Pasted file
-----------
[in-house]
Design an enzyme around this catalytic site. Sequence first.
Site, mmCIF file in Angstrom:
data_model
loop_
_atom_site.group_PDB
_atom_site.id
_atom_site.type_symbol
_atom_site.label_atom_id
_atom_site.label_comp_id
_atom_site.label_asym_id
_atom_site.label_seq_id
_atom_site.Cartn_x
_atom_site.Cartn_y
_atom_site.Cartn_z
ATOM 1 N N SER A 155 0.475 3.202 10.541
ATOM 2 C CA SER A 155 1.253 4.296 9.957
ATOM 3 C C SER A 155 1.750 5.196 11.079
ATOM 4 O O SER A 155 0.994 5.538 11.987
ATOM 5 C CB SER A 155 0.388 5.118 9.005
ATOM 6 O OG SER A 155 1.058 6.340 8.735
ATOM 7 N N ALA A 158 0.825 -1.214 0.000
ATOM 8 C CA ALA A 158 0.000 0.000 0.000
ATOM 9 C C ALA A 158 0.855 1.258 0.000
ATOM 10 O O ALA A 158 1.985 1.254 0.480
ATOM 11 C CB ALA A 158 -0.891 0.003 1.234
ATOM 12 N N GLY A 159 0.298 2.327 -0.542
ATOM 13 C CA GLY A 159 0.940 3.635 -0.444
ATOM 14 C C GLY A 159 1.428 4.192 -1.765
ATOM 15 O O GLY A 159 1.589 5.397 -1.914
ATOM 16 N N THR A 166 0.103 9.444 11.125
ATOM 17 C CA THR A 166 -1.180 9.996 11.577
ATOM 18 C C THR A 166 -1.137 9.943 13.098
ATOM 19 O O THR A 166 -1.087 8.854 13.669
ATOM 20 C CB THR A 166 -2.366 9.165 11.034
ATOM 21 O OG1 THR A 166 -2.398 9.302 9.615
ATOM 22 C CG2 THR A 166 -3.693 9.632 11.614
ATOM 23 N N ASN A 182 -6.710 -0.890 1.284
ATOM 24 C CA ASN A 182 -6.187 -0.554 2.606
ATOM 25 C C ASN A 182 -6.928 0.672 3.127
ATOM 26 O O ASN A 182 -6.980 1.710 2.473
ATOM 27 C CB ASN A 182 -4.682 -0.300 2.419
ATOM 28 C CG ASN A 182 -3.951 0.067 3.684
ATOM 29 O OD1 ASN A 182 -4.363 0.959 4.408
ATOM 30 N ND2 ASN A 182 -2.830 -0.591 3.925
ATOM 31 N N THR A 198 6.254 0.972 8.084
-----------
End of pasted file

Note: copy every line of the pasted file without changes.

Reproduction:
[in-house]
Design an enzyme around this catalytic site. Sequence first.
Site, mmCIF file in Angstrom:
data_model
loop_
_atom_site.group_PDB
_atom_site.id
_atom_site.type_symbol
_atom_site.label_atom_id
_atom_site.label_comp_id
_atom_site.label_asym_id
_atom_site.label_seq_id
_atom_site.Cartn_x
_atom_site.Cartn_y
_atom_site.Cartn_z
ATOM 1 N N SER A 155 0.475 3.202 10.541
ATOM 2 C CA SER A 155 1.253 4.296 9.957
ATOM 3 C C SER A 155 1.750 5.196 11.079
ATOM 4 O O SER A 155 0.994 5.538 11.987
ATOM 5 C CB SER A 155 0.388 5.118 9.005
ATOM 6 O OG SER A 155 1.058 6.340 8.735
ATOM 7 N N ALA A 158 0.825 -1.214 0.000
ATOM 8 C CA ALA A 158 0.000 0.000 0.000
ATOM 9 C C ALA A 158 0.855 1.258 0.000
ATOM 10 O O ALA A 158 1.985 1.254 0.480
ATOM 11 C CB ALA A 158 -0.891 0.003 1.234
ATOM 12 N N GLY A 159 0.298 2.327 -0.542
ATOM 13 C CA GLY A 159 0.940 3.635 -0.444
ATOM 14 C C GLY A 159 1.428 4.192 -1.765
ATOM 15 O O GLY A 159 1.589 5.397 -1.914
ATOM 16 N N THR A 166 0.103 9.444 11.125
ATOM 17 C CA THR A 166 -1.180 9.996 11.577
ATOM 18 C C THR A 166 -1.137 9.943 13.098
ATOM 19 O O THR A 166 -1.087 8.854 13.669
ATOM 20 C CB THR A 166 -2.366 9.165 11.034
ATOM 21 O OG1 THR A 166 -2.398 9.302 9.615
ATOM 22 C CG2 THR A 166 -3.693 9.632 11.614
ATOM 23 N N ASN A 182 -6.710 -0.890 1.284
ATOM 24 C CA ASN A 182 -6.187 -0.554 2.606
ATOM 25 C C ASN A 182 -6.928 0.672 3.127
ATOM 26 O O ASN A 182 -6.980 1.710 2.473
ATOM 27 C CB ASN A 182 -4.682 -0.300 2.419
ATOM 28 C CG ASN A 182 -3.951 0.067 3.684
ATOM 29 O OD1 ASN A 182 -4.363 0.959 4.408
ATOM 30 N ND2 ASN A 182 -2.830 -0.591 3.925
ATOM 31 N N THR A 198 6.254 0.972 8.084